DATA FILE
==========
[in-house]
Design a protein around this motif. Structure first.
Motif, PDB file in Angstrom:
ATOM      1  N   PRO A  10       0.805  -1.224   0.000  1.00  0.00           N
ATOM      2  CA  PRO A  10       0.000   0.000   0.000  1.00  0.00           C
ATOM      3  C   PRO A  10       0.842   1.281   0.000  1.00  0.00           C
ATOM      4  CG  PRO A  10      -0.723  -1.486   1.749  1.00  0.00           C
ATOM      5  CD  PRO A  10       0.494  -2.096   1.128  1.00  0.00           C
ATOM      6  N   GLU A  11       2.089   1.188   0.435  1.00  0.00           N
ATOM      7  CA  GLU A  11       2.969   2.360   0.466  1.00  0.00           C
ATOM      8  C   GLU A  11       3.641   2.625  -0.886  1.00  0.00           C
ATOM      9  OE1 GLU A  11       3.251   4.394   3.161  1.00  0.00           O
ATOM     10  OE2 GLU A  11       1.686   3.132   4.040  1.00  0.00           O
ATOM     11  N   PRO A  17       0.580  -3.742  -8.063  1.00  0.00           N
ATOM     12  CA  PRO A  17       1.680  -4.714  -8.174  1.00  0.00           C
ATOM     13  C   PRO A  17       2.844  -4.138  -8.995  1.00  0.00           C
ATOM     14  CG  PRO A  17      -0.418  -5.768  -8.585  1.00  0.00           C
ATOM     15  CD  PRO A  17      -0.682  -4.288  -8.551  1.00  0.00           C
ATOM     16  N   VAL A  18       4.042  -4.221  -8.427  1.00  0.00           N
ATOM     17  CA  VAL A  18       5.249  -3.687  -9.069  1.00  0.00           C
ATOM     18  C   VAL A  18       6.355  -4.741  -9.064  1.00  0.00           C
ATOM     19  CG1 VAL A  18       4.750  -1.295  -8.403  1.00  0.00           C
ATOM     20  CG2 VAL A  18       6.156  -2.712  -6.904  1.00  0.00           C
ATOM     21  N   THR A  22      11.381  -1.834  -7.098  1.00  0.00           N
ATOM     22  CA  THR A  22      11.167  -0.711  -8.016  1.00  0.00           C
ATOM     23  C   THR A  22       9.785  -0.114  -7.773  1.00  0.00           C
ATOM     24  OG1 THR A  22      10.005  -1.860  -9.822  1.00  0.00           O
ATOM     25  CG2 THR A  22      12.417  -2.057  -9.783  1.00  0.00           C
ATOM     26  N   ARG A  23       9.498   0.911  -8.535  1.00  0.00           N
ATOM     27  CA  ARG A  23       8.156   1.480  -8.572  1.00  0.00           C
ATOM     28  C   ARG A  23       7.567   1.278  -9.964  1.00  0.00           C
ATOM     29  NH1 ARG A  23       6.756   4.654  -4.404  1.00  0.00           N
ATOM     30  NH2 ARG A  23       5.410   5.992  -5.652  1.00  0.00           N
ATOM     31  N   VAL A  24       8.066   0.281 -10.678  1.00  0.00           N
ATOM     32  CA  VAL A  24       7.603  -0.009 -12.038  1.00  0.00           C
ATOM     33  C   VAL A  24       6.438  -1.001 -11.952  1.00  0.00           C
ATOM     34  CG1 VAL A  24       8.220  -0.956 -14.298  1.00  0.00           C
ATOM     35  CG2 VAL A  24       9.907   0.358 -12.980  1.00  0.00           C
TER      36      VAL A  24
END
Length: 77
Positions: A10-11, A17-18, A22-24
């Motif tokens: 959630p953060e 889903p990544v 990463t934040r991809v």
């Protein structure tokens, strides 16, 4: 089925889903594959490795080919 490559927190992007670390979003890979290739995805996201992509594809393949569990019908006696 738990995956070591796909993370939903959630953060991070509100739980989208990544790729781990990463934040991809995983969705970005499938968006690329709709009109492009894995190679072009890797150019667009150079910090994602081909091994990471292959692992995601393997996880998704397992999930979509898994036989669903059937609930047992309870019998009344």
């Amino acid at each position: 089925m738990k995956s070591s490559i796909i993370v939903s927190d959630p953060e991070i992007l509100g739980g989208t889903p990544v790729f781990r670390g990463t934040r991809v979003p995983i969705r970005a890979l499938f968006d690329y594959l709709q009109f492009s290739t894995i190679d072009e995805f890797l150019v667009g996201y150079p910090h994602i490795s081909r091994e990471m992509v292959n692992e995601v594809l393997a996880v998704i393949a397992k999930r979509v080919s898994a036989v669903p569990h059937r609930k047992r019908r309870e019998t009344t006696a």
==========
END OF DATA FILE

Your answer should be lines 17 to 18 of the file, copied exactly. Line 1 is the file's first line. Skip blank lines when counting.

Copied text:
ATOM     14  CG  PRO A  17      -0.418  -5.768  -8.585  1.00  0.00           C
ATOM     15  CD  PRO A  17      -0.682  -4.288  -8.551  1.00  0.00           C